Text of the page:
Tag Archives: childhood

Books, books, books.

I’m watching a documentary named Stone Reader, and its fascinating. So much so, it has stirred memories of all the books I own, and especially the first book I ever read, kept, and still own to this day

They also talk about one time book writers, which is what the movie is about. A book by an author that is never heard of again. No one knows the whereabouts of this author, incluing whether or not he is alive. They also talk about Margaret Michell, Salinger, and other famous one time published authors. He reviews his collection of novels, and the types of books he loves. The other fascinating part is when he discusses books with his longtime friends and family. His mother describes how he was never without book at his side, no matter where they were.

This all reminds me of how I’ve accumulated all the books I still own. All the books I’ve given to people, reading books recommended by friends, and best of all; having a conversation about a book I recomended to a friend.

Truman Capote with Breakfast at Tiffany’s AND In Cold Blood, Harper Lee, and Emily Bronte are all famous after publishing only one book. I once found a copy of Crime & Punishment in a hospital gift shop for 50 cents. It was required reading for my AP English class in high school. I never read it. We were also required to read Jane Austen’s Pride & Prejudice, which I almost threw away at the time because I was sick of reading about girls getting married. “A sixteen year-old in East L.A. needs to think about other, more important things,” I thought to myself as I threw the book at a wall, screaming because I couldn’t finish the book.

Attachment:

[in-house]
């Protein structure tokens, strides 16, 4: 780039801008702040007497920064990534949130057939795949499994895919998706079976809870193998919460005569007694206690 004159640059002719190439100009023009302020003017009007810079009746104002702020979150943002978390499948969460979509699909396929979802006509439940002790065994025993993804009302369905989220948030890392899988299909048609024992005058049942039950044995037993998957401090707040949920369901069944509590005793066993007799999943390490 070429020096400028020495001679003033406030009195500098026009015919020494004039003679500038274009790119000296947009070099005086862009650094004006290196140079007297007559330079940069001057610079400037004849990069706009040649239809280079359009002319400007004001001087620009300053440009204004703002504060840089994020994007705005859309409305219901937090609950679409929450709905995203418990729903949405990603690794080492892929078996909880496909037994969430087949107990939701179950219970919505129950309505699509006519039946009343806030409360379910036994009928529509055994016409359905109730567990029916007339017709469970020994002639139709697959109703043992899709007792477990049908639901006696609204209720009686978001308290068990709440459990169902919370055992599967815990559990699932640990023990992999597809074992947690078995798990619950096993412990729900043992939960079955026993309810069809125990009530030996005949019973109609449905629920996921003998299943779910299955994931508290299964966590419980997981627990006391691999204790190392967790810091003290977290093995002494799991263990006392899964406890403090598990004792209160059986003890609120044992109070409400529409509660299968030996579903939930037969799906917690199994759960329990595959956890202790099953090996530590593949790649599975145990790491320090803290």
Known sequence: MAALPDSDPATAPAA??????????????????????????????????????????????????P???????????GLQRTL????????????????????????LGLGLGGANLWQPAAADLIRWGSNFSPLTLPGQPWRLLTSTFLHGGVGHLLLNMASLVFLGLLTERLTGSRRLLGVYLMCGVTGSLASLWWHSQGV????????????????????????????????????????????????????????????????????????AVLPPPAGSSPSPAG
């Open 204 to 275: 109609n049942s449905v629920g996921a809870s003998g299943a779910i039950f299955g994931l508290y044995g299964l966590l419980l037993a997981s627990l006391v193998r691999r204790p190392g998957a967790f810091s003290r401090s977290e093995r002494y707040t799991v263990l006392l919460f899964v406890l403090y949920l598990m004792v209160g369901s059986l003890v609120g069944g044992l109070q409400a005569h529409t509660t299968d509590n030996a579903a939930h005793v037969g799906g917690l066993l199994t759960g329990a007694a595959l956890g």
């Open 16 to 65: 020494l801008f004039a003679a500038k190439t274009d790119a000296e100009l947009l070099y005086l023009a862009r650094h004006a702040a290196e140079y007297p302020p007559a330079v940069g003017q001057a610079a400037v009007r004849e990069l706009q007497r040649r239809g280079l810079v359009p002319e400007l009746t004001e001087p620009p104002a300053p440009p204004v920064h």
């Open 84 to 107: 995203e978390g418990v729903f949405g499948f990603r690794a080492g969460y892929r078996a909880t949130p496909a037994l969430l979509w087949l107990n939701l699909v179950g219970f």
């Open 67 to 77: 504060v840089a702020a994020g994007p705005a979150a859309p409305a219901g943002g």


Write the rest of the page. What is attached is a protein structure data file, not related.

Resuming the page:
I try to keep every book I’ve read over the years, but it has been difficult to do while moving every few years. Luckily, I am an expert packer by now and plan to never leave my books behind. I do, however, toy with the idea of donating all the books I own to a local library one day.

We’ll see how it goes…


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Cartoons are a Staple of Childhood

Sunday afternoon I came across a marathon of Looney Tunes on Cartoon Network. “Swooned Crooner” was on and it reminded me about something that is sometimes learned while watching cartoons: reproduction.

It sounded silly, because I sit here watching chickens getting ready to lay eggs as a job. They sit in assembly line fashion and are interrupted by The Swooner. Production has ceased and Porky has to find a replacement Rooster so the farm doesn’t go bust. Swooner is replaced by Crooner, and now all the hens are in love again AND reproducing eggs at the same time.

Love equals reproduction, which equals marriage, which is why love & marriage are sacred. Marriage also means you want to create a family and live a full life with the people you care and love.

You don’t need religion and/or government to make that happen in your life.

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